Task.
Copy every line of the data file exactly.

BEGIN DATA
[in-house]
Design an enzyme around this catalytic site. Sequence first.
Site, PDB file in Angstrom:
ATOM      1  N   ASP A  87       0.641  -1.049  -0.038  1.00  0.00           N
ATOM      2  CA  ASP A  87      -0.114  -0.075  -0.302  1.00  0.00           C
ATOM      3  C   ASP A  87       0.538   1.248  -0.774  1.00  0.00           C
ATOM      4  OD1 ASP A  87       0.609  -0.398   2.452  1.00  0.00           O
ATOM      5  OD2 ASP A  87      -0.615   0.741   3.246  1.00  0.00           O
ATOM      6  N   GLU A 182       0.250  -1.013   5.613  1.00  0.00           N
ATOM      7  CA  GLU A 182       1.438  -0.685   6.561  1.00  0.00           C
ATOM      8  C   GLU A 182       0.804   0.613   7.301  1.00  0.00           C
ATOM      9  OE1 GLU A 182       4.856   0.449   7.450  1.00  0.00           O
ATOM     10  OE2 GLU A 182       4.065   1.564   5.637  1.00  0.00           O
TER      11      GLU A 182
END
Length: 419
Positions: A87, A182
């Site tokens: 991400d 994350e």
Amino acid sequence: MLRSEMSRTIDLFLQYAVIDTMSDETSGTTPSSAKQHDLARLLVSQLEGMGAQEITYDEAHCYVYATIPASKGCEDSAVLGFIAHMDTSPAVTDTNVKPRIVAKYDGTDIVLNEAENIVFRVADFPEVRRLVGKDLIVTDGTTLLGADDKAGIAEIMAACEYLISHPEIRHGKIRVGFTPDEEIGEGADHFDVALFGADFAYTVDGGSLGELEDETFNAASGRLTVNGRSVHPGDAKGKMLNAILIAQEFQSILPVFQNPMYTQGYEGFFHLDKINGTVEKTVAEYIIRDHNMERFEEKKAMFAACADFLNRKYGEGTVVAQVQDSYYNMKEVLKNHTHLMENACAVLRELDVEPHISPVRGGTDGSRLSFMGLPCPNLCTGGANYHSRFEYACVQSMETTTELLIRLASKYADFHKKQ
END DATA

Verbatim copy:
[in-house]
Design an enzyme around this catalytic site. Sequence first.
Site, PDB file in Angstrom:
ATOM      1  N   ASP A  87       0.641  -1.049  -0.038  1.00  0.00           N
ATOM      2  CA  ASP A  87      -0.114  -0.075  -0.302  1.00  0.00           C
ATOM      3  C   ASP A  87       0.538   1.248  -0.774  1.00  0.00           C
ATOM      4  OD1 ASP A  87       0.609  -0.398   2.452  1.00  0.00           O
ATOM      5  OD2 ASP A  87      -0.615   0.741   3.246  1.00  0.00           O
ATOM      6  N   GLU A 182       0.250  -1.013   5.613  1.00  0.00           N
ATOM      7  CA  GLU A 182       1.438  -0.685   6.561  1.00  0.00           C
ATOM      8  C   GLU A 182       0.804   0.613   7.301  1.00  0.00           C
ATOM      9  OE1 GLU A 182       4.856   0.449   7.450  1.00  0.00           O
ATOM     10  OE2 GLU A 182       4.065   1.564   5.637  1.00  0.00           O
TER      11      GLU A 182
END
Length: 419
Positions: A87, A182
């Site tokens: 991400d 994350e």
Amino acid sequence: MLRSEMSRTIDLFLQYAVIDTMSDETSGTTPSSAKQHDLARLLVSQLEGMGAQEITYDEAHCYVYATIPASKGCEDSAVLGFIAHMDTSPAVTDTNVKPRIVAKYDGTDIVLNEAENIVFRVADFPEVRRLVGKDLIVTDGTTLLGADDKAGIAEIMAACEYLISHPEIRHGKIRVGFTPDEEIGEGADHFDVALFGADFAYTVDGGSLGELEDETFNAASGRLTVNGRSVHPGDAKGKMLNAILIAQEFQSILPVFQNPMYTQGYEGFFHLDKINGTVEKTVAEYIIRDHNMERFEEKKAMFAACADFLNRKYGEGTVVAQVQDSYYNMKEVLKNHTHLMENACAVLRELDVEPHISPVRGGTDGSRLSFMGLPCPNLCTGGANYHSRFEYACVQSMETTTELLIRLASKYADFHKKQ